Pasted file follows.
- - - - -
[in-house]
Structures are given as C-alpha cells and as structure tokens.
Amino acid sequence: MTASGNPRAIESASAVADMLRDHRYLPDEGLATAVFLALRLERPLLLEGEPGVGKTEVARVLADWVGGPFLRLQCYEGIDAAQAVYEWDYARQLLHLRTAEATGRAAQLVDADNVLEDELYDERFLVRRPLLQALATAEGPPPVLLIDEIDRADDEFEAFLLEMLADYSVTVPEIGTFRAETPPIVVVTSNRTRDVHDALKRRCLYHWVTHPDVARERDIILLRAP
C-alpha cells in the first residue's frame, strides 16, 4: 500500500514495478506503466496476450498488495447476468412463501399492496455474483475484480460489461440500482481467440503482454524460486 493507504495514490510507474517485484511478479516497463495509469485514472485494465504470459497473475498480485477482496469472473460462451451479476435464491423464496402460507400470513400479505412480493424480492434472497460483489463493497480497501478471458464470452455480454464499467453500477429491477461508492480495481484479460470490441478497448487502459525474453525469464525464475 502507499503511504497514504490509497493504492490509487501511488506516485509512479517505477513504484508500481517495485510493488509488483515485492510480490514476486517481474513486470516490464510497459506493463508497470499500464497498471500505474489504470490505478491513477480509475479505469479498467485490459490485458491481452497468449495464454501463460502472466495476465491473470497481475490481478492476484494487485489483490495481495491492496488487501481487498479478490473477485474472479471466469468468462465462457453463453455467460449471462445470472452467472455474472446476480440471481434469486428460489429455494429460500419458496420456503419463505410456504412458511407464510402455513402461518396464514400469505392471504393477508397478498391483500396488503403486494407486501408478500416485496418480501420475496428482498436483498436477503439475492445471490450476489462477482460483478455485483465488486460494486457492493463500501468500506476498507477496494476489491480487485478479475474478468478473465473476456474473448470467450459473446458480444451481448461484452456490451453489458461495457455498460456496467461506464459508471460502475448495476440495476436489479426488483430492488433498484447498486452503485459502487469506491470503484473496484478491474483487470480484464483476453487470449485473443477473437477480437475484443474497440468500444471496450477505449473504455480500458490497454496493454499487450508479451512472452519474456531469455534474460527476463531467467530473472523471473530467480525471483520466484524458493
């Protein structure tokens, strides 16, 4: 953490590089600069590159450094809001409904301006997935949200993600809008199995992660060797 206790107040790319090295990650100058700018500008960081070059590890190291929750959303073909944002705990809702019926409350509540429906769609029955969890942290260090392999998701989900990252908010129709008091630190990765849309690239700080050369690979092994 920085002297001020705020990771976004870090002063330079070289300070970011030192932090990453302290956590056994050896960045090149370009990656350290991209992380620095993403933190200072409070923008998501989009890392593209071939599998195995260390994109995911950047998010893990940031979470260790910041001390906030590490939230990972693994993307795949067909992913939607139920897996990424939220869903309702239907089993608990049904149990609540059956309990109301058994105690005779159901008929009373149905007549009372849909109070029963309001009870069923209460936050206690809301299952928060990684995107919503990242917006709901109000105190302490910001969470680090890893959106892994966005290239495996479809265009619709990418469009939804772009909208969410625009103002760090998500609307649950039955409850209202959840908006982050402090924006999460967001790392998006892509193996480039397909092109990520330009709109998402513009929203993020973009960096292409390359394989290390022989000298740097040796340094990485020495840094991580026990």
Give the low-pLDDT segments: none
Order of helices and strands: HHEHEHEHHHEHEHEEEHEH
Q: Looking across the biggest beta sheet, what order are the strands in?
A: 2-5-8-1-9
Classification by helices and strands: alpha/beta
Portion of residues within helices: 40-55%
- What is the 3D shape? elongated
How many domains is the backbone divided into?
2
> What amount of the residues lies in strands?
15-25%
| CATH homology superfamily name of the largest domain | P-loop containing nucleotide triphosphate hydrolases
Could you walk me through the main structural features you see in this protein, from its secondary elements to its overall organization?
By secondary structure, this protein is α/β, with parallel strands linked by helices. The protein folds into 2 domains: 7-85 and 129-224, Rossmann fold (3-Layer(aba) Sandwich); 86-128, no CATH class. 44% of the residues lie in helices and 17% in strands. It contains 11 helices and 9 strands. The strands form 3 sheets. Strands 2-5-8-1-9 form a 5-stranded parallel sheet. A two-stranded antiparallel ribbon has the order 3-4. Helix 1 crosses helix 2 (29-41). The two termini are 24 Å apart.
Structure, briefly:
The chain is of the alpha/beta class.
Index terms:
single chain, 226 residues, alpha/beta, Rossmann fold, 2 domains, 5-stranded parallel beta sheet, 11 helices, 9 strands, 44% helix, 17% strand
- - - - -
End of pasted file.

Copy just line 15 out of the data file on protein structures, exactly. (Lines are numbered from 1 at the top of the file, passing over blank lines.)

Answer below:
> What amount of the residues lies in strands?